I also believe this will be an opportunity to explore relationships between variables in the Relational Elaboration and Coherence Model: A Relational Frame Theory. This is still a very new and un-validated model which could benefit from the study of its variables and the relationships between them. In the REC model, the IRAP captures spontaneous and automatic evaluations, whereas explicit measures capture more carefully considered reactions. It is assumed that participants usually “reject” their immediate and brief relational responses (or automatic evaluations) if they do not cohere with their more elaborate and extended relational responding (Barnes-Holmes et al 2010).
People who have positive attitudes toward pseudoscience treatments on the IRAP will have less positive attitudes toward medical treatments and the opposite will be predicted for people who are sceptical of pseudoscientific treatments.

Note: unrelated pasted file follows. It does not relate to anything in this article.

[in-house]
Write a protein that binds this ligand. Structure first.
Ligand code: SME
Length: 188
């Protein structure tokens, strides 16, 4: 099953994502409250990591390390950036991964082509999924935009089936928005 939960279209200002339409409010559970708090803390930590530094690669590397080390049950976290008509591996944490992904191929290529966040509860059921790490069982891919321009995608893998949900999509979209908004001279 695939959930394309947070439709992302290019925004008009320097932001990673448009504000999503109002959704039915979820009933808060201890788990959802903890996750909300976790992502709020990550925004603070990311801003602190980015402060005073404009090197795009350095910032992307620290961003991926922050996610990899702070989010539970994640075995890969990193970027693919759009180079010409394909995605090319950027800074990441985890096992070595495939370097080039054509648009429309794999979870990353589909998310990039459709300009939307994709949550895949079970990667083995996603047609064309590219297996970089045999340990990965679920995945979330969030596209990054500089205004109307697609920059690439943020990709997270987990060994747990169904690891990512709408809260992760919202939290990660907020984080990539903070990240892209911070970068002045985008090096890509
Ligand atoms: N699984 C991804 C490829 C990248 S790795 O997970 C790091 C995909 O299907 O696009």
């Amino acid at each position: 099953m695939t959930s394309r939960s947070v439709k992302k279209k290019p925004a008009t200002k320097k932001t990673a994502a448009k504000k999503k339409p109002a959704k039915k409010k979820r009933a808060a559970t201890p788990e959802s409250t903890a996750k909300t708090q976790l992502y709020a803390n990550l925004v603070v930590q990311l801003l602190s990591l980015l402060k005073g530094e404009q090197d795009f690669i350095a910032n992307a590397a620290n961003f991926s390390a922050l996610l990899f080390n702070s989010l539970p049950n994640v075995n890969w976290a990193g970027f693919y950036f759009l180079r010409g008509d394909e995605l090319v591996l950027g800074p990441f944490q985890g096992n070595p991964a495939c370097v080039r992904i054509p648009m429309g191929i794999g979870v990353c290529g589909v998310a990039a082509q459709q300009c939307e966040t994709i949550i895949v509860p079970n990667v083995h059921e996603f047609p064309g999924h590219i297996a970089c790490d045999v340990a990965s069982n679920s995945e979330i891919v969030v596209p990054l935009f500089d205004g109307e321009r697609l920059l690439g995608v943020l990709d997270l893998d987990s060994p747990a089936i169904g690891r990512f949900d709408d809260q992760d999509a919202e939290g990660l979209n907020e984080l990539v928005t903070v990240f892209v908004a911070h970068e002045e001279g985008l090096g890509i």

Participants who read the card with the statement “Only non-educated people believe in non-medical treatments” in other words people who are exposed to the manipulation will have increased bias on the explicit questionnaire but not on their implicit scores, whereas participants in the control group will not have as big a bias in their explicit scores.
Theorising from the REC model, people who are in favour of pseudoscientific treatments in the group that read the card “Only non-educated people believe in non-medical treatments” will have divergent scores on the IRAP and the explicit analogue.
The need2 for cognition will mediate participants’ answering on explicit test.